Mercifully, he read his book quietly, asked the receptionist how many people before his turn then sat counting. In, with the doctor, he sat through the eye test, read what he was asked to and generally behaved impeccably.

We’ve been going to the same ophthalmologist for quite a few years now and as we were leaving he commented, “H has matured a lot.” An innocuous enough remark considering that the kids are growing up. But I remembered the nightmare of the first few visits. 

H was a little over three years old when I noticed he had an affinity for watching television sideways. He was also bending too close over his textbooks (which is a habit I’m still struggling to get him out of). The eye-test was simply a precautionary measure. As it turned out he needed glasses.

Then began rounds of eye tests. He refused to sit on that chair, when he did he wouldn’t sit still, he would scrunch his eyes, or blink rapidly or simply keep them shut, despite our repeated entreaties. Worse, he’d break into the ABCD song when asked to read the alphabets on the monitor.

The first time round it was funny. Then on it was just frustrating.

The most unfortunate part was that the doc couldn’t give him a hundred percent accurate pair of glasses. As a result his eyesight deteriorated further. I changed doctors many times over until I finally found this one who could handle him well.

That is why the compliment was such a huge deal. And I came home feeling very optimistic as I thought that maybe things will fall into place as the kids grew up.

Earlier in the day the kids had been exceptionally rowdy. Tired and upset as I was, I wrote a distressed post wondering where I was going wrong. And now I’m glad I didn’t publish it. That eye-test sorted out my day. 

Seriously, doctors are useful people in more ways than one :-).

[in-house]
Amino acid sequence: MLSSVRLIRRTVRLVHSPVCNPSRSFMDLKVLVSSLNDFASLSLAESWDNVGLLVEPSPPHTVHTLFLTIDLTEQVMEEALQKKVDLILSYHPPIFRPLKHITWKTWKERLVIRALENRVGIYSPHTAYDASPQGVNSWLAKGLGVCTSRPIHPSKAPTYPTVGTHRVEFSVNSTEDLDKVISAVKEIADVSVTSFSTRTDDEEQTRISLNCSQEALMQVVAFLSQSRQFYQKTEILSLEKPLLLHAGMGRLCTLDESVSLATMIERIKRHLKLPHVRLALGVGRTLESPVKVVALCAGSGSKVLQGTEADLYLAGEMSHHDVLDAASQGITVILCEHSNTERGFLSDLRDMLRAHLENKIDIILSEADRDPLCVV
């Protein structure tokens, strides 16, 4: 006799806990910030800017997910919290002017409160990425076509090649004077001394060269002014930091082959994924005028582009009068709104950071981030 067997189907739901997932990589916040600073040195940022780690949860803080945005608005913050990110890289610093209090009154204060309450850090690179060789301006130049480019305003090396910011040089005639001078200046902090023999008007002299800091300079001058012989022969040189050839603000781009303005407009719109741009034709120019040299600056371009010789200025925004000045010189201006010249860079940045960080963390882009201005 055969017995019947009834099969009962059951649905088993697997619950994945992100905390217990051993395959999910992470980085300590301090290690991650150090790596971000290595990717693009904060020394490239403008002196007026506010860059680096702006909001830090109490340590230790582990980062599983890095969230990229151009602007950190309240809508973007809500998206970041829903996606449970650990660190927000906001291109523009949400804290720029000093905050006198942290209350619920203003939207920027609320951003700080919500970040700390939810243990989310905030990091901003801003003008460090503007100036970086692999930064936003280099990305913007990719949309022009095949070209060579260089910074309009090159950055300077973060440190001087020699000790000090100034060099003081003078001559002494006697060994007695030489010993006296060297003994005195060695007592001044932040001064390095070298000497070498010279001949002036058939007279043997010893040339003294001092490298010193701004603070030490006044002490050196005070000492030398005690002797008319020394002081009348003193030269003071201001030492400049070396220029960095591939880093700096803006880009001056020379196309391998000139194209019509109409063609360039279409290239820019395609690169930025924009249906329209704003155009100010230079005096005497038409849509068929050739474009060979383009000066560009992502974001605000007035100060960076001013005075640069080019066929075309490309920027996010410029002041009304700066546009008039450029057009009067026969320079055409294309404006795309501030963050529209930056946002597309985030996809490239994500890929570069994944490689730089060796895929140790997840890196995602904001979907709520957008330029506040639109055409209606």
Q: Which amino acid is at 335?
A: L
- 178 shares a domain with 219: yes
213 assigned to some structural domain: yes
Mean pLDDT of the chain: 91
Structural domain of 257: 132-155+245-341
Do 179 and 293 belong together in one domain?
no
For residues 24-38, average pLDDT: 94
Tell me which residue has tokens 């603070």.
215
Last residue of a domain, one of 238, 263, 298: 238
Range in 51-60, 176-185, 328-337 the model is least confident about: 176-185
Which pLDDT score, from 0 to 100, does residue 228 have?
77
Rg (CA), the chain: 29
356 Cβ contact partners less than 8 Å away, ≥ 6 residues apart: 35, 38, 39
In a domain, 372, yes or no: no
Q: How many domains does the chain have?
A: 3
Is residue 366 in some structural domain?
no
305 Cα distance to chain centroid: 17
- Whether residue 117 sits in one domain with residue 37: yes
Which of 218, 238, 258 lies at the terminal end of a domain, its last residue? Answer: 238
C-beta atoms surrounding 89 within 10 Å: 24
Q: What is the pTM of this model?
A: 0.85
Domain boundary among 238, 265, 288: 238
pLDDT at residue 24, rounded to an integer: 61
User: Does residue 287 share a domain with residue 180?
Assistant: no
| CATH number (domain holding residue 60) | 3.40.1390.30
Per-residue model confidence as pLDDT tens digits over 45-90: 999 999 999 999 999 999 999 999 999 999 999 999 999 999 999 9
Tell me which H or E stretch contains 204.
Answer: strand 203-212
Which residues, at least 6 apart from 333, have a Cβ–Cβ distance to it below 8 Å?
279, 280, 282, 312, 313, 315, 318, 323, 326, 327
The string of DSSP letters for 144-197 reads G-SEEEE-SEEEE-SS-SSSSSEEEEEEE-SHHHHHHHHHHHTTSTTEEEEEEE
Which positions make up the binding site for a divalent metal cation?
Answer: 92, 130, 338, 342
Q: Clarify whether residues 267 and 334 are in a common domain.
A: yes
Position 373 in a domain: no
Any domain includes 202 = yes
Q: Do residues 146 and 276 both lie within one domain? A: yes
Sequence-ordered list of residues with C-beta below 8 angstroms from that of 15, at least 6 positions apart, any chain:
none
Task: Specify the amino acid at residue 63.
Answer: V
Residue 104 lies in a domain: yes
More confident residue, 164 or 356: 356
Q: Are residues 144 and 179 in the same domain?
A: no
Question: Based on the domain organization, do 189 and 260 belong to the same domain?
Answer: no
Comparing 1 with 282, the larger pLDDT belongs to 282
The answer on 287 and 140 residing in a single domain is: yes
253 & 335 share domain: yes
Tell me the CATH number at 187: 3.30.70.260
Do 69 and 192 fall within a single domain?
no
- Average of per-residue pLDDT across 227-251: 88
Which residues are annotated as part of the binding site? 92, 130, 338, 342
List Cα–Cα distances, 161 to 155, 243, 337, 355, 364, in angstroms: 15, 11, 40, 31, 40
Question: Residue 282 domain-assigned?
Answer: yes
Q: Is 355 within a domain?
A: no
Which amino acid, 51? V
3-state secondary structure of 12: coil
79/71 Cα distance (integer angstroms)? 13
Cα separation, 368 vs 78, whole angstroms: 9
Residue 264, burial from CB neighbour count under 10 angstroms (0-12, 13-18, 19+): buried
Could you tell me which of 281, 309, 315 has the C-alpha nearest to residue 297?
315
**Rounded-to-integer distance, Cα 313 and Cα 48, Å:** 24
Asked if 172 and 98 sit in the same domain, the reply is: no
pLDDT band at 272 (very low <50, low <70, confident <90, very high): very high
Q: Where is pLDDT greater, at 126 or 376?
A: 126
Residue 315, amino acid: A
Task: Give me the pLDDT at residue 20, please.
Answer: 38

Of ‘well-meaning’ advice

Of ‘well-meaning’ advice

Photo Credit: Getty Images

Dear well-wisher friend,

This letter comes after much thought and heartache. I’m sure you remember yesterday’s incident. The kids were playing together on the slide. Of course they are too old to slide the conventional way so they were inventing a host of games climbing up, sliding down, crashing into each other, creating a ‘jam’. There was some amount of roughhousing but they were having fun.

After a while we heard a commotion and by the time we got there N was in tears while H stood looking guilty. Apparently as he pulled her down the slide he twisted her ankle. Worse, her dress climbed up embarrassing her and bringing out the tears.

Yes I felt her embarrassment every bit as acutely as she did herself. After all she gets it from me – this feeling of wanting to disappear from the face pf the earth at the slightest unfavourable attention. Given that some of it was witnessed by a bunch of boys and girls, must have felt terrible. I know the feeling. I’ve been there – many times over.

I took H aside, gave him a talking to and sent him home.

However, I seemed to have failed you in your expectation. According to you I should have meted out a harsher punishment. No, it wasn’t enough that I speak to him later at home. I was too soft on him, you felt. He deserved a dressing down right there before his friends. He should have been embarrassed just as he had embarrassed N so that he would remember it the next time, you said.

I wholeheartedly agree H needs to be sensitive in the playground. I know he gets carried away in a crazy sort of way. I agree he needs to be punished. However I do not think shaming him in public is the way to do it. You may not agree of course, and that’s your prerogative entirely.

While you remain my friend and have known the twins for some time I’d like to remind you that I do know them a little better than you. I know what H did wasn’t done with the intention of embarrassing N while should I have done the same to him it would have been very much intentional, that, when I’m decades older than him and hopefully more sensible.

Also, you were not there to see that by the time we got home H had done both our beds, warmed the food, set the table and served us all dinner – his way of saying ‘sorry’. I also know that he may err again. I know it might take him time to turn into the perfect gentleman that I hope he will become one day. I am prepared to wait.

Meanwhile I’m happy to inform you that the incident has done no permanent damage to N going by the way she was wrestling with H this morning.

Your comments hurt me terribly, even though I am convinced I did the right thing. Perhaps that is because, of late, I’ve been on extremely rocky parenting ground constantly analysing each step I take till somedays I feel I feel I’ll go completely crazy. I’d truly appreciate if you keep your suggestions, however well-meaning, as I’m sure they are, to yourself.

Also, if you do have some serious advice, I’d love for you to say it to me directly, rather than saying it came from one of the kids because then I am more likely to take it seriously.

Thank you again for your concern.

OM

Meet me on Instagram @obsessivemom06